Annie E. Casey Foundation. (2008). Kids count. Baltimore: Author. www.kidscount.org/
A rigorous intervention program targeting students with dyslexia effectively rewired their brains to work almost the same as children who don't struggle with reading, Carnegie Mellon University researchers reported. The changes, which appeared immediately after the 100-hour intervention, remained for at least one year, brain scans of a sampling of the students showed.
The central finding was that prior to instruction, the poor readers had significantly less activation than good readers bilaterally in the parietal cortex. Immediately after instruction, poor readers made substantial gains in reading ability, and demonstrated significantly increased activation in the left angular gyrus and the left superior parietal lobule. Activation in these regions continued to increase among poor readers 1 year post-remediation, resulting in a normalization of the activation. These results are interpreted as reflecting changes in the processes involved in word-level and sentence-level assembly. Areas of overactivation were also found among poor readers in the medial frontal cortex, possibly indicating a more effortful and attentionally guided reading strategy.
Ann Meyler, Timothy A. Keller, Vladimir L. Cherkassky, John D.E. Gabrieli, Marcel Adam Just. (2008, August). Modifying the brain activation of poor readers during sentence comprehension with extended remedial instruction: A longitudinal study of neuroplasticity. Neuropsychologia, 46(10),2580-2592
Many educators don't feel fully prepared to blend technology into classroom lessons and say they also lack the necessary tech support and equipment to do so, according to a recent national report. Districts that do offer technology training for teachers tend to focus on non-instructional areas, such as showing them how to conduct Internet searches or use administrative software applications.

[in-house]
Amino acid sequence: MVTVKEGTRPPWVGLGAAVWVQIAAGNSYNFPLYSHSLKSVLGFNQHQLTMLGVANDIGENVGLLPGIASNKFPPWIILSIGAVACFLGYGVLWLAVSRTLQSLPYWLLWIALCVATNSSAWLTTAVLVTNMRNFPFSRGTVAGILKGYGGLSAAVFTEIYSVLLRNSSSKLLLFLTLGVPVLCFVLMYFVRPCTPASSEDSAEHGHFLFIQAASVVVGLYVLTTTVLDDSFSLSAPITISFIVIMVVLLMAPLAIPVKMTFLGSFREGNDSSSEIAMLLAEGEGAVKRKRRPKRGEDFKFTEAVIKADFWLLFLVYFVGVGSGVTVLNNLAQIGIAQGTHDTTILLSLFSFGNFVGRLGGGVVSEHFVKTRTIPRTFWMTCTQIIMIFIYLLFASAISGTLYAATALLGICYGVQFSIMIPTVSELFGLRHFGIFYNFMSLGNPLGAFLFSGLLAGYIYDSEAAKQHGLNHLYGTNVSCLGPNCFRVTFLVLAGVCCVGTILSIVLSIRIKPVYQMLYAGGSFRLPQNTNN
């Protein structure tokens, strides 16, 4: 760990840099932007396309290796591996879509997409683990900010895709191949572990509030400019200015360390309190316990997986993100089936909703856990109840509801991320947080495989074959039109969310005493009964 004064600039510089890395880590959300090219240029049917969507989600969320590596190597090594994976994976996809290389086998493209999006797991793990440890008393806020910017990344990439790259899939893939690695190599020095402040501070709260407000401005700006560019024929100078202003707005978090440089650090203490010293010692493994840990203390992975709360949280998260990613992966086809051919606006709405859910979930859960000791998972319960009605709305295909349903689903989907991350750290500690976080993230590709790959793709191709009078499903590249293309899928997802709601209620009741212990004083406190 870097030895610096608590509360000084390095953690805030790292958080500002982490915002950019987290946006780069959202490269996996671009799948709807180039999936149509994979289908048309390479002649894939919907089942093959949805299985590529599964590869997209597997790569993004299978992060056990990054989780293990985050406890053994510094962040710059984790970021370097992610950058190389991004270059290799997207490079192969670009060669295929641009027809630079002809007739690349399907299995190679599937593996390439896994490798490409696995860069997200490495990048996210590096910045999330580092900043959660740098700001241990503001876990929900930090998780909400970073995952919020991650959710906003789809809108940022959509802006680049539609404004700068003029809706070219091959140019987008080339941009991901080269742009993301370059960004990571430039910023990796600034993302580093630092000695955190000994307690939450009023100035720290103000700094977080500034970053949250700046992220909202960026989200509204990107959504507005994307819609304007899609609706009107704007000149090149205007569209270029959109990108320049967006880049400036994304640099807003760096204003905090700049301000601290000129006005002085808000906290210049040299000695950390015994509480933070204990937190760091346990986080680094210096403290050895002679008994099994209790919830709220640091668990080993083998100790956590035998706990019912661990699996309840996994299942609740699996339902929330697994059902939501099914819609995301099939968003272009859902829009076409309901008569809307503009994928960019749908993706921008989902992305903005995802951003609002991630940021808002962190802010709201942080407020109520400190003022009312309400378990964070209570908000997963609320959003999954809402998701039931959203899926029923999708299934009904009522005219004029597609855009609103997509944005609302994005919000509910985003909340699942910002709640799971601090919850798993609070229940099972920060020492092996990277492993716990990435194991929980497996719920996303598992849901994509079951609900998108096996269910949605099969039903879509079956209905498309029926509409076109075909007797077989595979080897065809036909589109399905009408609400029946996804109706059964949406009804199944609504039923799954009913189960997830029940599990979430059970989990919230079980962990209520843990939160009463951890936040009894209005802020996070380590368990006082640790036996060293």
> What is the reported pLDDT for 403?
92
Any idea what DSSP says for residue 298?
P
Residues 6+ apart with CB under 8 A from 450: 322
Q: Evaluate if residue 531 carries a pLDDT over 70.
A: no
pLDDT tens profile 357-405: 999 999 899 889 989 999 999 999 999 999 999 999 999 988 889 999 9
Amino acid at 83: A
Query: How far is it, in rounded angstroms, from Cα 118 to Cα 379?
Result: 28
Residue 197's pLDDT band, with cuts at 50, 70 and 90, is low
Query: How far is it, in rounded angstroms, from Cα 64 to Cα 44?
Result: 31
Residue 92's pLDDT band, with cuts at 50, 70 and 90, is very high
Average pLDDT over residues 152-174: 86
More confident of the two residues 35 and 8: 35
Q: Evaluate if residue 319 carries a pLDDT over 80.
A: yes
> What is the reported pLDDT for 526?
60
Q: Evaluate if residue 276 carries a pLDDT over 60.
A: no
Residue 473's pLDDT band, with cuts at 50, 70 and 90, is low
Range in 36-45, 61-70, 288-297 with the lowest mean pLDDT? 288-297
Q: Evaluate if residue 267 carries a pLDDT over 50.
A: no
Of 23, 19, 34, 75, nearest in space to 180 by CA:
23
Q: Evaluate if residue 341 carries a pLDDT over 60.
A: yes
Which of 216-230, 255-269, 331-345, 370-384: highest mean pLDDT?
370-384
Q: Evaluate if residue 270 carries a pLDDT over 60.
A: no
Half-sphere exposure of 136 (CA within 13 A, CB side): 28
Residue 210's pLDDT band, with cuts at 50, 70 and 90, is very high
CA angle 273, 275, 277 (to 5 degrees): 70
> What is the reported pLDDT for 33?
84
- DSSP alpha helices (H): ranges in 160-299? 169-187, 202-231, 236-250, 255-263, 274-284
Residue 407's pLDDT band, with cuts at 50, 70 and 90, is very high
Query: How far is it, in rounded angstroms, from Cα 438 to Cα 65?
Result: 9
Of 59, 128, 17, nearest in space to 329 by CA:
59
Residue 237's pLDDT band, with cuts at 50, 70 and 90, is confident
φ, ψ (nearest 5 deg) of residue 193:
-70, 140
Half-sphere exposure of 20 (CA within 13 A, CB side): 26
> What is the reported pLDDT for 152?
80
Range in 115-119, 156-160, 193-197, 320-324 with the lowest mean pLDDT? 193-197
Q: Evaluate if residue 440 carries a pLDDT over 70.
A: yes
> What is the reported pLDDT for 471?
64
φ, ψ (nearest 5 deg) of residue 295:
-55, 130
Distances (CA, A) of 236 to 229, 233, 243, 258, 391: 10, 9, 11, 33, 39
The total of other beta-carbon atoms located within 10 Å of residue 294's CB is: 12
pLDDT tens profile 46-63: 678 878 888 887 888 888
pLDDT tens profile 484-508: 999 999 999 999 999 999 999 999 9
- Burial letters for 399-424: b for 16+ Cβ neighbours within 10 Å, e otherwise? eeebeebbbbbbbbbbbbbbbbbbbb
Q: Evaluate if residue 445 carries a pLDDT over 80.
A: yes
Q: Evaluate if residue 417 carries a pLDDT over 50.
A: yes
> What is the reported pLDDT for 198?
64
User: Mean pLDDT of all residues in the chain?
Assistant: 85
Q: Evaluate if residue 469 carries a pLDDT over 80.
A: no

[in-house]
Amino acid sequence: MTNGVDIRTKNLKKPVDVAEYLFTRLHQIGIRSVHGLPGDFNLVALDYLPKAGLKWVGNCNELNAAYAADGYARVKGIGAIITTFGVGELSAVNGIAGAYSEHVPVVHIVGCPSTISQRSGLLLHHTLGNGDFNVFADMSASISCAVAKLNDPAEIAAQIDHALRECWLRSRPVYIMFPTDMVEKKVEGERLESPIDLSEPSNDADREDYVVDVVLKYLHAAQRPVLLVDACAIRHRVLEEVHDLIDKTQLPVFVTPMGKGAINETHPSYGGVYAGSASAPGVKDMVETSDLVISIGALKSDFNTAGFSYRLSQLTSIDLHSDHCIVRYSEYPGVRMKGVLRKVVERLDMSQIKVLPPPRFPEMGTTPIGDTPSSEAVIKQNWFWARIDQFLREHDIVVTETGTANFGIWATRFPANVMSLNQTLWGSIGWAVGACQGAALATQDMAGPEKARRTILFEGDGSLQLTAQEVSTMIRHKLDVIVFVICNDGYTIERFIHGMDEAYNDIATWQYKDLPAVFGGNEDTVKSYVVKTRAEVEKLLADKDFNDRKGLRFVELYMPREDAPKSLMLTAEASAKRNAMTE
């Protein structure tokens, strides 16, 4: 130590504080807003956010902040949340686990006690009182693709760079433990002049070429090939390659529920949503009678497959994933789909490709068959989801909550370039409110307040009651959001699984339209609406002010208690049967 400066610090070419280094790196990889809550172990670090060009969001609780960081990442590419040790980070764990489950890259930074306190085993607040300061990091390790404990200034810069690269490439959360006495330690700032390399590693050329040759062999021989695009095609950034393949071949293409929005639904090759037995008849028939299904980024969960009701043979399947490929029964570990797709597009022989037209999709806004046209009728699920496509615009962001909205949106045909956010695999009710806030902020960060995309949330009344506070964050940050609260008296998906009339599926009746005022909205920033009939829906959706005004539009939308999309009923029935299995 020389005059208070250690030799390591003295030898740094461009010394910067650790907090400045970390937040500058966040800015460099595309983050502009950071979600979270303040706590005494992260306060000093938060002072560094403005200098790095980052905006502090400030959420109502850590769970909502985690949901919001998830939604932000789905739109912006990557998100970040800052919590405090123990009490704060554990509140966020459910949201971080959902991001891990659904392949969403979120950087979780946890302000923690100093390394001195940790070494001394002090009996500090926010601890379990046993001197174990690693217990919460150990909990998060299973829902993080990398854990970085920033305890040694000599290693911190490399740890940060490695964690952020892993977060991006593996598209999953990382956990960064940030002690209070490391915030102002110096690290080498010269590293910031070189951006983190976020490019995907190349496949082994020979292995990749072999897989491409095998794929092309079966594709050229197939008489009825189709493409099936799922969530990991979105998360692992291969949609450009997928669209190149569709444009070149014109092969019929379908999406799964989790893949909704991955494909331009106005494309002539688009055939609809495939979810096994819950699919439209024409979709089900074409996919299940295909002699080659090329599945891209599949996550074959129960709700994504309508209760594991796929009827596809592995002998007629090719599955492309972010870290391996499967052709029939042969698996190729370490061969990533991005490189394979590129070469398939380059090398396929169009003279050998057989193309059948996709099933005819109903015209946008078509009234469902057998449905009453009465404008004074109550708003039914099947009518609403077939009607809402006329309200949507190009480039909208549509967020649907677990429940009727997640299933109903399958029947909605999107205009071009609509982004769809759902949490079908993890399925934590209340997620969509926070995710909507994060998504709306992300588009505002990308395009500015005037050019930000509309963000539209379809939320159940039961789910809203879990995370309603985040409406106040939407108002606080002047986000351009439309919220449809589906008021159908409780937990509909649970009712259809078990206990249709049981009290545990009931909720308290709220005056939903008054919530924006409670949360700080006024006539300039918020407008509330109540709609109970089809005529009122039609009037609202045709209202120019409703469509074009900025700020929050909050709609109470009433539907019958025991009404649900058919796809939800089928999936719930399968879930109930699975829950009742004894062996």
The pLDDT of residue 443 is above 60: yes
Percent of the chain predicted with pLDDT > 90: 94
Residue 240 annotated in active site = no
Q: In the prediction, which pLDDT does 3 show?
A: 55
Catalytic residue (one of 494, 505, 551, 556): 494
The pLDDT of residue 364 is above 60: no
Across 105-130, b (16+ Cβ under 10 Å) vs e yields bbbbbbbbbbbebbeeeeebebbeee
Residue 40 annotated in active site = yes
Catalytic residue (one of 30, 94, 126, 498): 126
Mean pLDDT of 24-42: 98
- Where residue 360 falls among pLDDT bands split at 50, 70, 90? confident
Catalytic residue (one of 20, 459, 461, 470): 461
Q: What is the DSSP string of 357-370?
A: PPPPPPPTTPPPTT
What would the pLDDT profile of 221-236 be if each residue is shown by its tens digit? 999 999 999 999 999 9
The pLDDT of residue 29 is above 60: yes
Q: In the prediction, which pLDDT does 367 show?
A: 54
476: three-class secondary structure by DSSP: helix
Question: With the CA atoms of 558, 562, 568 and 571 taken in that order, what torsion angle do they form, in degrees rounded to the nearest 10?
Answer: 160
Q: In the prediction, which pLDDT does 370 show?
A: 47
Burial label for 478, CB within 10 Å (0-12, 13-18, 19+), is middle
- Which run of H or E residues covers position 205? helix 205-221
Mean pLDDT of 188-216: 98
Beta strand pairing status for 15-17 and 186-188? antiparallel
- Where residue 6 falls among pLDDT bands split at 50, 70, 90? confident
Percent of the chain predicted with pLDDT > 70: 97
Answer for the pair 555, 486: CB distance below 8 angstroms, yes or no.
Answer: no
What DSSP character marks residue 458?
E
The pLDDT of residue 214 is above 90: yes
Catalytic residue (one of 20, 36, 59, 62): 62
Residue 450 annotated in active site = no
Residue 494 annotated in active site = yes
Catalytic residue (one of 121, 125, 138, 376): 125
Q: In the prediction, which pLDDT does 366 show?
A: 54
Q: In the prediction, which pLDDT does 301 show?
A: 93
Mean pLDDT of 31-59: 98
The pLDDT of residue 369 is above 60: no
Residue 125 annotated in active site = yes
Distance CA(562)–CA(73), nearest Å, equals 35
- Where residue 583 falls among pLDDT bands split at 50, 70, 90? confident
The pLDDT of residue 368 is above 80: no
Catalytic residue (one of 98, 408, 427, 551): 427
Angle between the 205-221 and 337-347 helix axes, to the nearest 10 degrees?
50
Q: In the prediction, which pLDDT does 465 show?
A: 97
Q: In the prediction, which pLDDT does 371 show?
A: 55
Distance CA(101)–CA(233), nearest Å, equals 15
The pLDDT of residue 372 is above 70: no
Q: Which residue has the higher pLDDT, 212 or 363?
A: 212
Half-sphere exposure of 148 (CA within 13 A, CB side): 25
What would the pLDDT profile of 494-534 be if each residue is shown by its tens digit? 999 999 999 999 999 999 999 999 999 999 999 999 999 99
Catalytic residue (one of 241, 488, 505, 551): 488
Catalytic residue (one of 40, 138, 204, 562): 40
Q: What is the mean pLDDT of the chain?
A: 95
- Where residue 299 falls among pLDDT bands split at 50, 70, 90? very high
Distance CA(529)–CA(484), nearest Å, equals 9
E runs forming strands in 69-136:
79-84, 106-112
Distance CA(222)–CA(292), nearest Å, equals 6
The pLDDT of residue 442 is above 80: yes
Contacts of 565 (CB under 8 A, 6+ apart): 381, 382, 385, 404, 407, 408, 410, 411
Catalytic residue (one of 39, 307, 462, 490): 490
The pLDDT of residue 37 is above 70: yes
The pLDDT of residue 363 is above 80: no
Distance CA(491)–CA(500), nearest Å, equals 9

National Education Association and American Federation of Teachers. (2008). Access, Adequacy, and Equity in Education Technology. Washington, DC: Authors.
Despite an overall $595 million price tag in the 2006-07 school year for free tutoring for students in struggling schools across the U.S., test scores have failed to significantly improve, according to recent evaluations conducted in Georgia, Kentucky, Maryland, Michigan, Tennessee and Virginia.
Glod, M. (2008, June 13). Mandated Tutoring Not Helping Md., Va. Scores. Washington Post.
Students from the United States are the most sought after international students, followed by students from China, India, Canada, and Russia, a new report finds. Based on a survey of more than 500 higher education institutions in Europe, Asia, Australia, New Zealand, and Canada, the report found that 99% of the colleges and universities surveyed expressed interest in attracting more U.S. students, citing in part a desire to become more globally competitive and promote research and academic collaboration with U.S. institutions. And more than 60% of the institutions said they had developed outreach or marketing strategies targeting U.S. students.
Institute of International Education.. (2008). Meeting America's Global Education Challenge: Exploring Host Country Capacity for Increasing U.S. Study Abroad. New York: Author.
Cannon, J., & Lipscomb, S. (2008). Changing the Kindergarten Cutoff Date: Effects on California Students and Schools. San Francisco: Public Policy Institute of California.
(2008). Diplomas Count 2008: School to College. Education Week, 27(40).